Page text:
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                                            Here are some characteristics of authoritarian parenting:

                                            • They have strict rules that are unyielding and unwavering. This is often called “heavy handed parenting.”
                                            • They do not want input from the child about rules. They also feel that the child’s opinion does not matter, because they are the parent thus are the supreme authority over the child.
                                            • There are severe punishments when rules are broken.
                                            • There is an emotional disconnection between parent and child, because the parent is not interested in what the child thinks or feels. They are more interested in controlling the behavior of the child and having the child be compliant to their rules.
                                            • Children are expected to listen to their parents and follow the rules, there are no exceptions. A child that voices their objections will likely be punished for doing so.
                                            • The parents have high expectations, especially when it comes to compliance of their rules.
                                            • Parents expect that their child will be obedient and they do not need to explain the “why” of their rules and expectations. Compliance is expected out of sheer obedience, not because the child understands the reasons why the rules are set. Parents do not feel the need to explain why they set their rules.
                                            • There is a failure to have attached relationships between parent and child because of the overly dominant nature of authoritarian parents and their unwillingness to allow their children to have their own voice or free will.

                                            Authoritarian parents are driven by a belief that they need to control their children. This means controlling their children’s behavior to an extreme. They are inflexible and don’t take into account the child’s desires, emotions, or well-being as being as important to enforcing rules to get the desired outcome. Authoritative parents on the other hand, seek to guide and direct their children instead of control. There is a distinction.

                                            The Problems of Authoritarian Parenting

                                            Authoritarian parenting has many negative consequences to children. Children who are raised in homes with extreme authoritarian parenting are more likely to become dependent on drugs and alcohol, have lower academic performance, and increased mental health issues according to Parenting for Brain.[3] Children who are raised with authoritarian parents are also more likely to have lower self esteem, inability to make decisive choices, and have social skills that are lacking.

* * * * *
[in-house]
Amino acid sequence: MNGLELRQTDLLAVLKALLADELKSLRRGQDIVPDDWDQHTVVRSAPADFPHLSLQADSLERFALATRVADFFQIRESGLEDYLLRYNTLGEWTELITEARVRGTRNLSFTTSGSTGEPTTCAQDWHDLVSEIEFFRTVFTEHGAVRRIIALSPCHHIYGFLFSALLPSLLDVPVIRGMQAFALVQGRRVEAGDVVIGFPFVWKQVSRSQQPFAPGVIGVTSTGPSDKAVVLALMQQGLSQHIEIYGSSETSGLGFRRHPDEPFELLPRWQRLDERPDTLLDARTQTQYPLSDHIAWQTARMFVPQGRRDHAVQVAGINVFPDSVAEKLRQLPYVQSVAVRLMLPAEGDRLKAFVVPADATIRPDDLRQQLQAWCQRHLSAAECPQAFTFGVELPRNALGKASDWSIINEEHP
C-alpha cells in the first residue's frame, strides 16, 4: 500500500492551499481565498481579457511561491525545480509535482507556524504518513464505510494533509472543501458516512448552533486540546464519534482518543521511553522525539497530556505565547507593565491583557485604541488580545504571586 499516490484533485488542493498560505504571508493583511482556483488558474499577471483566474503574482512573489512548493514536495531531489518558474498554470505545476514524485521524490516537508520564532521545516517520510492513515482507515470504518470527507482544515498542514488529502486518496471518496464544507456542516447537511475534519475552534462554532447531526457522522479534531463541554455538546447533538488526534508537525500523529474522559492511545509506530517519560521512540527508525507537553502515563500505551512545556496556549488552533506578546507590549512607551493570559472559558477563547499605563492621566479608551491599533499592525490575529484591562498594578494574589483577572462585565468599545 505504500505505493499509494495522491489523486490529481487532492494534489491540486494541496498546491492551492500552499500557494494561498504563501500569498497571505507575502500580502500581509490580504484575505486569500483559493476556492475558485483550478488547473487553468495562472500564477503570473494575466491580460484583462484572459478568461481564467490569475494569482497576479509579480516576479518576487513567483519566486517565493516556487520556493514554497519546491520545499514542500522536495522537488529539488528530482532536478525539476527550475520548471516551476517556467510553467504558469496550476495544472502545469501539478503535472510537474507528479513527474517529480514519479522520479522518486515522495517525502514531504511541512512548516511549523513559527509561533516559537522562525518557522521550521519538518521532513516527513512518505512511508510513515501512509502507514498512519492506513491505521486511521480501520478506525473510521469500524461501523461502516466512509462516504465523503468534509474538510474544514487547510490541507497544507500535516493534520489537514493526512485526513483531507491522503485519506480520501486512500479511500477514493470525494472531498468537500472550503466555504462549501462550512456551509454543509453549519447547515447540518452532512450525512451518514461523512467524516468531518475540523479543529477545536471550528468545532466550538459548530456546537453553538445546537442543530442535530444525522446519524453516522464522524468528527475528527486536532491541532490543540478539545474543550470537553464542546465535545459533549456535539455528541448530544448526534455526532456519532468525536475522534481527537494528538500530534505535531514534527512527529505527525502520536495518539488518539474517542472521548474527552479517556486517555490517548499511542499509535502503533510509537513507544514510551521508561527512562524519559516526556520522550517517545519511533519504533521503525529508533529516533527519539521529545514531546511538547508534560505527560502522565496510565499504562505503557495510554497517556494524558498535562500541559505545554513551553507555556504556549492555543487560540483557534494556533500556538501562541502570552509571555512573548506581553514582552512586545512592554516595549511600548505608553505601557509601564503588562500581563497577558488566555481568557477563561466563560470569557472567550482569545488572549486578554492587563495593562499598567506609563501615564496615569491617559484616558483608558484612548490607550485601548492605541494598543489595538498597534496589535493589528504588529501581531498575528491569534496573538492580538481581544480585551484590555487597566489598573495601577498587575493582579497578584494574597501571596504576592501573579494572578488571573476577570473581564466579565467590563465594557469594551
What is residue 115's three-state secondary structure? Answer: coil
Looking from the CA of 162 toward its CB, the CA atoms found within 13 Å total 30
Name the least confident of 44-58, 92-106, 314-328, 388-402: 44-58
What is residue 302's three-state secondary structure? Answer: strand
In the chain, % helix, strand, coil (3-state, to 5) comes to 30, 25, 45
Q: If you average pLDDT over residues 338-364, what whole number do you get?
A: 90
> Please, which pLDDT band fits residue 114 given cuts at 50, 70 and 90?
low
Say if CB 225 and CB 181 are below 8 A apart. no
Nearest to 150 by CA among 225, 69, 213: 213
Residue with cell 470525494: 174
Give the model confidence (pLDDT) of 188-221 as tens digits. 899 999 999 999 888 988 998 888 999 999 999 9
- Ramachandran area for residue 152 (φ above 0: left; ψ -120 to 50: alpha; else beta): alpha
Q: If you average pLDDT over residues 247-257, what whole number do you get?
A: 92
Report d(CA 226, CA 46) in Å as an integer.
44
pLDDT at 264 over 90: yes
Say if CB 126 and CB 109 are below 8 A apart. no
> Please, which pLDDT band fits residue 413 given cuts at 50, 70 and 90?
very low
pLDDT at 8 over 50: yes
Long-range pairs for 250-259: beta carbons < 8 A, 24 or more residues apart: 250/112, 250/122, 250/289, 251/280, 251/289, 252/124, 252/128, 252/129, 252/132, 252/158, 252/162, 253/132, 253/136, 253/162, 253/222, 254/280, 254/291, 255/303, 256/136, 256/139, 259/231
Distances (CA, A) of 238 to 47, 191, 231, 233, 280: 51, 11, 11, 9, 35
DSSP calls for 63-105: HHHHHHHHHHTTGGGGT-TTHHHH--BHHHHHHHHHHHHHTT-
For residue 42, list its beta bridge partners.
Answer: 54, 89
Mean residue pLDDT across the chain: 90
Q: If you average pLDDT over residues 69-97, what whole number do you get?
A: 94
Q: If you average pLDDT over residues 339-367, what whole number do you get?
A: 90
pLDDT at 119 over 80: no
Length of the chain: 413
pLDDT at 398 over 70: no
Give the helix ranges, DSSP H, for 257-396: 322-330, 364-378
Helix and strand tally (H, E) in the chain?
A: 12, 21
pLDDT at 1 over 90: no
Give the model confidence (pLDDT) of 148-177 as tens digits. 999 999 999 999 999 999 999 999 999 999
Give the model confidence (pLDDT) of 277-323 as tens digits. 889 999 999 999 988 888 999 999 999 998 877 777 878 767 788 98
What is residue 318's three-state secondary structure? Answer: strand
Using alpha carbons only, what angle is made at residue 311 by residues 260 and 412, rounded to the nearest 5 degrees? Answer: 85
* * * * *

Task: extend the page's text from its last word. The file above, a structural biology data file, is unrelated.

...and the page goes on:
When a child is raised to be taught day in and day out that their voice does not matter, then that child will likely be ingrained with that belief. They will not value their own opinions because they have been taught that what they think does not matter and is of no value. This leads to poor self-esteem and low self-worth.

                                            If a child doesn’t believe that their thoughts matter, then what they think about themselves overall is going to be affected. They will not think highly of themselves or believe that what they think, say, or do is of value. This will contribute to low self-esteem long term.

                                            Social skills will suffer because a child who comes from an authoritarian home will be trained to believe that nobody wants to hear their opinion and that relationships are based on compliance.

                                            For example, Judy is raised in an authoritarian home. She is now 18 years old and has her first boyfriend. Anytime that he asks something of her, even if she internally disagrees, she feels that she is supposed to comply and do what he says in order for him to like her and continue wanting to be with her.

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                                            He wants to have sex. She does not feel that she is ready, but she will not voice this to her boyfriend because she doesn’t think that her opinion will matter or that he will want to listen to what she is feeling. She goes along with sex in their relationship to be compliant. She doesn’t want to be punished by disagreeing with not having sex. He says that they are ready for that next step in the relationship and she fears that the consequence of saying no would be that he ends the relationship.